1. My last review for Library Journal! This is of Hilton Als’s really stunning essay collection, White Girls, which is coming out from McSweeney’s in November:

[star] Only Als (theater critic, The New Yorker; The Women) could write about ringworm—”my cruddy friend,” “a dark flower,” “an erotic ‘pain’ I could not wait to get my hands on”—and make it sound good. His first book since 1998 contains 13 pieces, most of them previously published, in which he meanders through fiction, criticism, and memoir along the axes of race, gender, and sexuality. He touches on aspects of his own life and on various cultural figures: Truman Capote, Flannery O’Connor, Malcolm X, Eminem, Michael Jackson, André Leon Talley, Louise Brooks, and Richard Pryor, among others—all examined as “white girls” or in relation to them. (Als asks in “Tristes Tropiques,” “How could one be a white girl and hate it?”) On writing about pictures of lynching victims, he admits, “I have become a cliché” by answering white America’s request to “Tell me about yourself, meaning, Tell me how you’ve suffered. Isn’t that what you people do? Suffer nobly, even poetically sometimes? Doesn’t suffering define you?” VERDICT Suffering does not define Als; his art—loping, loopy, yet astonishingly precise language—does. This is a book that readers will want to spend the rest of their lives with: a searching, insistent, and thoroughly wise collection.—Molly McArdle, Library Journal

    My last review for Library Journal! This is of Hilton Als’s really stunning essay collection, White Girls, which is coming out from McSweeney’s in November:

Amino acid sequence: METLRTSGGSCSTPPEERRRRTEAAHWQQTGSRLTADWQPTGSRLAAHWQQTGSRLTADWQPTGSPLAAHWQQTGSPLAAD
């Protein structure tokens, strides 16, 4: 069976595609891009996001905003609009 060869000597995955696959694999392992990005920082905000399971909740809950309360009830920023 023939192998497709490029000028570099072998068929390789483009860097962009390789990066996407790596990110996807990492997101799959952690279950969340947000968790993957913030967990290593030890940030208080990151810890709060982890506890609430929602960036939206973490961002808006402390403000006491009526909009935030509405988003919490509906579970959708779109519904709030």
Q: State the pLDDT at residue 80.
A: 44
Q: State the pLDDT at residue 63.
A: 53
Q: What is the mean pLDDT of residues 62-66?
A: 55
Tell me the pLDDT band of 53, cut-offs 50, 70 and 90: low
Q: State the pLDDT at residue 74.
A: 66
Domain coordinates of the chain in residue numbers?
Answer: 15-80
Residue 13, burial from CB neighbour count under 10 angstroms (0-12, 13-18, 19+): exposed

[star] Only Als (theater critic, The New Yorker; The Women) could write about ringworm—”my cruddy friend,” “a dark flower,” “an erotic ‘pain’ I could not wait to get my hands on”—and make it sound good. His first book since 1998 contains 13 pieces, most of them previously published, in which he meanders through fiction, criticism, and memoir along the axes of race, gender, and sexuality. He touches on aspects of his own life and on various cultural figures: Truman Capote, Flannery O’Connor, Malcolm X, Eminem, Michael Jackson, André Leon Talley, Louise Brooks, and Richard Pryor, among others—all examined as “white girls” or in relation to them. (Als asks in “Tristes Tropiques,” “How could one be a white girl and hate it?”) On writing about pictures of lynching victims, he admits, “I have become a cliché” by answering white America’s request to “Tell me about yourself, meaning, Tell me how you’ve suffered. Isn’t that what you people do? Suffer nobly, even poetically sometimes? Doesn’t suffering define you?” VERDICT Suffering does not define Als; his art—loping, loopy, yet astonishingly precise language—does. This is a book that readers will want to spend the rest of their lives with: a searching, insistent, and thoroughly wise collection.—Molly McArdle, Library Journal

     
    1. thelmaiwu reblogged this from mollitudo
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      Can’t wait!
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    8. heychamone reblogged this from therumpus and added:
      Want to read this.
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    10. therumpus reblogged this from mollitudo and added:
      The next Rumpus Book Club pick is White Girls!
    11. mollitudo posted this